Mask of Dimitrios, The (1944)

“Ingenuity is never a substitute for intelligence.”

Synopsis:
A Dutch mystery writer (Peter Lorre) travelling in Istanbul meets a local policeman (Kurt Hatch) who tells him the story of Dimitrios Makropolous (Zachary Scott), a now-deceased criminal who betrayed many. As Lorre travels across Europe to learn more about Dimitrios’ life (with the intent of crafting a new novel), he meets Dimitrios’s embittered ex-lover (Faye Emerson), a fleeced gambler (Steven Gergay), and a vengeance-seeking former accomplice (Sydney Greenstreet) willing to pay Lorre to help him out.

Genres:

Review:
Peter Lorre and Sydney Greenstreet paired up in quite a few films during the 1940s, beginning with The Maltese Falcon (1941) and Casablanca (1942), then later teaming up in the Peary-listed Three Strangers (1946) (directed by Jean Negulescu) and The Verdict (1946) (directed by Don Siegel). This earlier outing by Negulescu — based on a novel by Eric Ambler — is another atmospheric, unusual flick, notable for allowing Lorre to play a non-creepy guy for once. The flashback-filled, cross-continental narrative weaves a complex tale of betrayal and vengeance, one which accurately portrays the wary mood of this war-time era; as DVD Savant writes in his review, “everybody looks potentially suspicious but nobody is immediately identifiable as a conspirator.” A major identity-based plot twist shifts everything into a different gear later on, and the ending is quite satisfying.

Redeeming Qualities and Moments:

  • Atmospheric cinematography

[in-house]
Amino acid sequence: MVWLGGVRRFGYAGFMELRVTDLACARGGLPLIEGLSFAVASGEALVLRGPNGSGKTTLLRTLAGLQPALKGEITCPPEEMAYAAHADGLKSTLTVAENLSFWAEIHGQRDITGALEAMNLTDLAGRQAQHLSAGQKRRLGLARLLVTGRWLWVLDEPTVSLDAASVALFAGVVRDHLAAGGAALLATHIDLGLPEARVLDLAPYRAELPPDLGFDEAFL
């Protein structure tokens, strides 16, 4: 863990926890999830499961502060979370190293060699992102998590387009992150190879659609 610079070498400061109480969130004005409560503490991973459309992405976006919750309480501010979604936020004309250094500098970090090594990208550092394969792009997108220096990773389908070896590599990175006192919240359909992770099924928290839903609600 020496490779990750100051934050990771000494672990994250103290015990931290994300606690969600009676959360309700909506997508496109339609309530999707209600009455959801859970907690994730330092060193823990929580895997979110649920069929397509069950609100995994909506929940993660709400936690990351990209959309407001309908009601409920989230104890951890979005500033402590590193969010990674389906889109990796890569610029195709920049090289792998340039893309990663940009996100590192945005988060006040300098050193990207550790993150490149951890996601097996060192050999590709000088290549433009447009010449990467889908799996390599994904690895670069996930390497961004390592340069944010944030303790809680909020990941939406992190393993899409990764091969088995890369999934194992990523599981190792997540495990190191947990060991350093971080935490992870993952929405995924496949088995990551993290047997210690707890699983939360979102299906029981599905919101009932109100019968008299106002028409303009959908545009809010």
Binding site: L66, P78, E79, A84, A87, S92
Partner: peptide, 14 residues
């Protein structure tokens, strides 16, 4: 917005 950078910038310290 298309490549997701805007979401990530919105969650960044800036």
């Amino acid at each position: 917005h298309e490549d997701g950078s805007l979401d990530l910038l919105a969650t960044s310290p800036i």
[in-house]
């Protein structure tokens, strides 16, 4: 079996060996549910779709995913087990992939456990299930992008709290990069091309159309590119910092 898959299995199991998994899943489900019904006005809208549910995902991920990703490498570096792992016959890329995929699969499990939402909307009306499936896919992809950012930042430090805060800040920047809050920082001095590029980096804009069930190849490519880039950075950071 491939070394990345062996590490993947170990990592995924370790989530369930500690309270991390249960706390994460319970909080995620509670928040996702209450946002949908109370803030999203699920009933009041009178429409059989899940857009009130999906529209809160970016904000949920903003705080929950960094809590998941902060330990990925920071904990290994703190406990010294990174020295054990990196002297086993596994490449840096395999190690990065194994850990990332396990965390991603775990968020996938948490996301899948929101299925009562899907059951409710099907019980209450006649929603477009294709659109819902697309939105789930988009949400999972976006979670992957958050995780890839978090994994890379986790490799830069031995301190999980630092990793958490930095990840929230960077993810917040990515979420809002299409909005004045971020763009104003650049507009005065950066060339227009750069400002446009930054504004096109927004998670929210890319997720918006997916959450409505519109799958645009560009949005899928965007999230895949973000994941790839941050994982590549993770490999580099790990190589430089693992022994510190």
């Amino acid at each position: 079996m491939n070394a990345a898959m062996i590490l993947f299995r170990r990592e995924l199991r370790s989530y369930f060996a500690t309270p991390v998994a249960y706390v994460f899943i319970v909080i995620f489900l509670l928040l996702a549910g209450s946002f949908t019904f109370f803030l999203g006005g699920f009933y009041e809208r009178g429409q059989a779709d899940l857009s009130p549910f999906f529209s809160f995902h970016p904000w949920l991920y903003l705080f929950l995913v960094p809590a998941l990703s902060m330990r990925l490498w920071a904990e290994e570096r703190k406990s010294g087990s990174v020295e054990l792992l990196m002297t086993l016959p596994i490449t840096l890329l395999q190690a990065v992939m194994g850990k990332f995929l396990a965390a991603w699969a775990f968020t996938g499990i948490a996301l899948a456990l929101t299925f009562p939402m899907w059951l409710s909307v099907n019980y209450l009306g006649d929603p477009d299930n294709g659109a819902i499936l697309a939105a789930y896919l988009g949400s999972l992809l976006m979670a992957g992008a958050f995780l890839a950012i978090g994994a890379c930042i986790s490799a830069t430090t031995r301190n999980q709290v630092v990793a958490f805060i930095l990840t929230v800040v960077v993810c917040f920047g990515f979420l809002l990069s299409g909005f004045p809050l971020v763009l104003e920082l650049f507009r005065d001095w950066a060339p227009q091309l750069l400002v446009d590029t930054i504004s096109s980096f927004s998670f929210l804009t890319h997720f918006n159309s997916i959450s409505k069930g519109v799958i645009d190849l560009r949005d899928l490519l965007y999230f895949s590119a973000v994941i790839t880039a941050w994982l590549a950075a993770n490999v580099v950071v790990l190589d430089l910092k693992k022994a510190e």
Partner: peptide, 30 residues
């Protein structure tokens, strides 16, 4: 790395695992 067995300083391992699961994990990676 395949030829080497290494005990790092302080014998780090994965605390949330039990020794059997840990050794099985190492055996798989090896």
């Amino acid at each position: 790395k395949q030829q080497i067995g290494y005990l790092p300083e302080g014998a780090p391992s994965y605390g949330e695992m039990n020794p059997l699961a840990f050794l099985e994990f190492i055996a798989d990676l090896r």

Must See?
Yes, once, as an unusual and atmospherically filmed outing.

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One Response to “Mask of Dimitrios, The (1944)”

  1. A no-brainer once-must at least, though revisits would be understandable and have value: as an all-around ‘good show’ – impressive and satisfying direction, performances, script, mood.

    This film belongs to that group of ‘the less you know in advance, the better’ films (I say that in spite of the fact that, below, I give out some of the plot… but not enough to spoil the complicated fun). I’ll just add: watching Lorre and Greenstreet together is alone worth the watch (as tends to be the case with them). And… I saw the film again last year. It had been a long time in-between viewings so I had actually forgotten some of the significant details – which made the rewatch more pleasurable.

    As per my post in ‘The ’40s-’50s in Film’ (fb):

    “We’ll probably never know who killed him – but whoever it was did us all a favor.”

    ‘The Mask of Dimitrios’ (1944): Jean Negulesco’s adaptation of an Eric Ambler thriller stars Zachary Scott as ne’er-do-well Dimitrios. Ok, he’s worse than that – he’s a bastard. And at the beginning of the film he shows up dead (Scott would go on to again show up dead at the beginning of ‘Mildred Pierce’). The death is seen as a triumph for a police colonel who had been hunting the criminal for 20 years. When the colonel happens to meet one of his favorite detective novelists (Peter Lorre) at a party, the writer begins to be fascinated by what could become (for him) a central figure in a novel. Lorre begins to hunt down background info on Dimitrios – running into the mysterious Sydney Greenstreet along the way. ~and then Lorre and Greenstreet end up having a whale of a time together on-screen. I think this film has been somewhat lost in the shuffle of Warners classics and that’s a shame; it deserves to be better-known. It’s a very talky film but the talk is top-notch and the various shady character studies within are a pip.

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